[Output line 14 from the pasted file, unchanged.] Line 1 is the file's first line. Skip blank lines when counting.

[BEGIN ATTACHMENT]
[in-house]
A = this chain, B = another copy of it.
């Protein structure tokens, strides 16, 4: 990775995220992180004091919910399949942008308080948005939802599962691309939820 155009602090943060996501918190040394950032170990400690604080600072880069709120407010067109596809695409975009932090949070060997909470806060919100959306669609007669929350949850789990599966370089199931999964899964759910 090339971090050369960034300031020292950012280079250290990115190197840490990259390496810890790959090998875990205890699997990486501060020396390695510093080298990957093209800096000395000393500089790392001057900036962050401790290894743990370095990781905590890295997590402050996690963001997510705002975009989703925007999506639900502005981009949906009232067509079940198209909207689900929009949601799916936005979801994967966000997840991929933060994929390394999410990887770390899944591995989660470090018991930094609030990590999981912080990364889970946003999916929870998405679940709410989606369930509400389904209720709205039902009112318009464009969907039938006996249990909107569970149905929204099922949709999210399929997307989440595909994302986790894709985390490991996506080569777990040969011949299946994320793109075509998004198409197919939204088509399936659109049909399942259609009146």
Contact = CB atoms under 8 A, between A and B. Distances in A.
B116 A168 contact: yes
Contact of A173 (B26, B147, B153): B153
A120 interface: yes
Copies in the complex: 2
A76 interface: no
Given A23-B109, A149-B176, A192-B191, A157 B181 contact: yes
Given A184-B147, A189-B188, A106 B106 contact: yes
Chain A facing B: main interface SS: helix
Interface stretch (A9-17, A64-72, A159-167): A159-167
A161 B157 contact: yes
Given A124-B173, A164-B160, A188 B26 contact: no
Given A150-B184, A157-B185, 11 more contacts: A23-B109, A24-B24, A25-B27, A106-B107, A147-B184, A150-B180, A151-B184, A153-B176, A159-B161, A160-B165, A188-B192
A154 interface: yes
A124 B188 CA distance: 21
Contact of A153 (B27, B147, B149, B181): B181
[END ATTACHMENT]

A161 B157 contact: yes